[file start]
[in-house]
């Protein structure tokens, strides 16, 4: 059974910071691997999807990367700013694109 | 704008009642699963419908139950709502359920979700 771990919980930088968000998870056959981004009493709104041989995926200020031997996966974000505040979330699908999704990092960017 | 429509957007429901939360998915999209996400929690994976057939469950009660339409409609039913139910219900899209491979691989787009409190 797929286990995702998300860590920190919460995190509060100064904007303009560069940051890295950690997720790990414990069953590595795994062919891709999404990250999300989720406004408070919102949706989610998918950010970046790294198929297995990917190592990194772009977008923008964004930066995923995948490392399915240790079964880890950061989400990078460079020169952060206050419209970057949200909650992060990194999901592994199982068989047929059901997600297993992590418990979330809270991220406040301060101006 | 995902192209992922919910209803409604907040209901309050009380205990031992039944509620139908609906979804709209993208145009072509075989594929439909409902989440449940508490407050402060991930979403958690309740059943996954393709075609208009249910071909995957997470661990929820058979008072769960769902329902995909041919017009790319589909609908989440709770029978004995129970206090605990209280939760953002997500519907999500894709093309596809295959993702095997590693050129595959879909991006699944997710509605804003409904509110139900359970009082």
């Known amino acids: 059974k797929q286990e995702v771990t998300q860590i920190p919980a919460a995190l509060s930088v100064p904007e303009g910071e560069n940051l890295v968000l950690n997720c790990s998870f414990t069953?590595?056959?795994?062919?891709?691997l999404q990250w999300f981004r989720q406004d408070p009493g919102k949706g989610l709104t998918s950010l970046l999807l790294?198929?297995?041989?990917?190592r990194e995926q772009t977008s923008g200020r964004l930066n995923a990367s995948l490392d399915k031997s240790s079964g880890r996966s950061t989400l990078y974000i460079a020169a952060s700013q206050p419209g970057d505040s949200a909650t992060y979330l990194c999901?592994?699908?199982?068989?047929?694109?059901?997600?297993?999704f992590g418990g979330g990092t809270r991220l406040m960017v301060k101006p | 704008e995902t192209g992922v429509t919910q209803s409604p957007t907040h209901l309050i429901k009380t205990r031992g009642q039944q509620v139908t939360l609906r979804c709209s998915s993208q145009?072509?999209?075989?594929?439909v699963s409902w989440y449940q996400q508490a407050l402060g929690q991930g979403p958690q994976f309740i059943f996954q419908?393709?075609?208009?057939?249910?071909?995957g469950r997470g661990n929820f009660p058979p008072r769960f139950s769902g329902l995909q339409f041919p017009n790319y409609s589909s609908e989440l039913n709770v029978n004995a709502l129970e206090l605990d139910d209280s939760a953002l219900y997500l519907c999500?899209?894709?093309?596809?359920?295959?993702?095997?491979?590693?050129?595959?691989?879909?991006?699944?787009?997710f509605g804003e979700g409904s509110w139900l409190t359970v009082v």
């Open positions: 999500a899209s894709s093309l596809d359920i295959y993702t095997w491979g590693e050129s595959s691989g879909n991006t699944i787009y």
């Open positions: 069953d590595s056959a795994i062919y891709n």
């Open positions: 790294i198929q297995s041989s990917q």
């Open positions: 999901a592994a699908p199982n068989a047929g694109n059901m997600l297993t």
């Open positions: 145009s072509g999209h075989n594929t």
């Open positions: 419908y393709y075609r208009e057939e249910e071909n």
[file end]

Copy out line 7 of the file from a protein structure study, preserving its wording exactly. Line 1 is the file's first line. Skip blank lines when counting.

């Open positions: 999901a592994a699908p199982n068989a047929g694109n059901m997600l297993t």